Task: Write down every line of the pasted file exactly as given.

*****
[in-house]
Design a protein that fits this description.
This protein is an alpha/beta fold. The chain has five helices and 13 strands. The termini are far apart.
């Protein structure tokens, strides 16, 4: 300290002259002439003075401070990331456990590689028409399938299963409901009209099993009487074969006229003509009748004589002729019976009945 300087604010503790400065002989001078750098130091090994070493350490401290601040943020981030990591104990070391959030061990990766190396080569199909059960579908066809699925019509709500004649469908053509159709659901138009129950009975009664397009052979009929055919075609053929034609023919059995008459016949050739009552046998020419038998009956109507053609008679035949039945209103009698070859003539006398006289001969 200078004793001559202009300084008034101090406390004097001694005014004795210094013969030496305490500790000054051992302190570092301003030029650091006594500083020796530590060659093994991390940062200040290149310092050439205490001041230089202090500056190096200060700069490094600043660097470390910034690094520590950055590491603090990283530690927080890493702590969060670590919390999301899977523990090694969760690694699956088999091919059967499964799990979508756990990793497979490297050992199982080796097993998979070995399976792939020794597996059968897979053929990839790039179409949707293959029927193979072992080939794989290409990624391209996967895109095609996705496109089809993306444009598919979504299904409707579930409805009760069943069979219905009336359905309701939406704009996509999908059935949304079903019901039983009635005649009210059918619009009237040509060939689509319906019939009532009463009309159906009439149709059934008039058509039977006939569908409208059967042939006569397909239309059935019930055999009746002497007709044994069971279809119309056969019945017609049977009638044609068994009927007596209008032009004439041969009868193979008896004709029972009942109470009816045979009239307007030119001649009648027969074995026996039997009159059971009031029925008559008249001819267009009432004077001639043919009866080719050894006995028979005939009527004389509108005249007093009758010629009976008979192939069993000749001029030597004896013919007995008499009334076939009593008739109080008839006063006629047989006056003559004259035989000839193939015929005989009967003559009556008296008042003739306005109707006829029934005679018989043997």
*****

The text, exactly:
[in-house]
Design a protein that fits this description.
This protein is an alpha/beta fold. The chain has five helices and 13 strands. The termini are far apart.
């Protein structure tokens, strides 16, 4: 300290002259002439003075401070990331456990590689028409399938299963409901009209099993009487074969006229003509009748004589002729019976009945 300087604010503790400065002989001078750098130091090994070493350490401290601040943020981030990591104990070391959030061990990766190396080569199909059960579908066809699925019509709500004649469908053509159709659901138009129950009975009664397009052979009929055919075609053929034609023919059995008459016949050739009552046998020419038998009956109507053609008679035949039945209103009698070859003539006398006289001969 200078004793001559202009300084008034101090406390004097001694005014004795210094013969030496305490500790000054051992302190570092301003030029650091006594500083020796530590060659093994991390940062200040290149310092050439205490001041230089202090500056190096200060700069490094600043660097470390910034690094520590950055590491603090990283530690927080890493702590969060670590919390999301899977523990090694969760690694699956088999091919059967499964799990979508756990990793497979490297050992199982080796097993998979070995399976792939020794597996059968897979053929990839790039179409949707293959029927193979072992080939794989290409990624391209996967895109095609996705496109089809993306444009598919979504299904409707579930409805009760069943069979219905009336359905309701939406704009996509999908059935949304079903019901039983009635005649009210059918619009009237040509060939689509319906019939009532009463009309159906009439149709059934008039058509039977006939569908409208059967042939006569397909239309059935019930055999009746002497007709044994069971279809119309056969019945017609049977009638044609068994009927007596209008032009004439041969009868193979008896004709029972009942109470009816045979009239307007030119001649009648027969074995026996039997009159059971009031029925008559008249001819267009009432004077001639043919009866080719050894006995028979005939009527004389509108005249007093009758010629009976008979192939069993000749001029030597004896013919007995008499009334076939009593008739109080008839006063006629047989006056003559004259035989000839193939015929005989009967003559009556008296008042003739306005109707006829029934005679018989043997």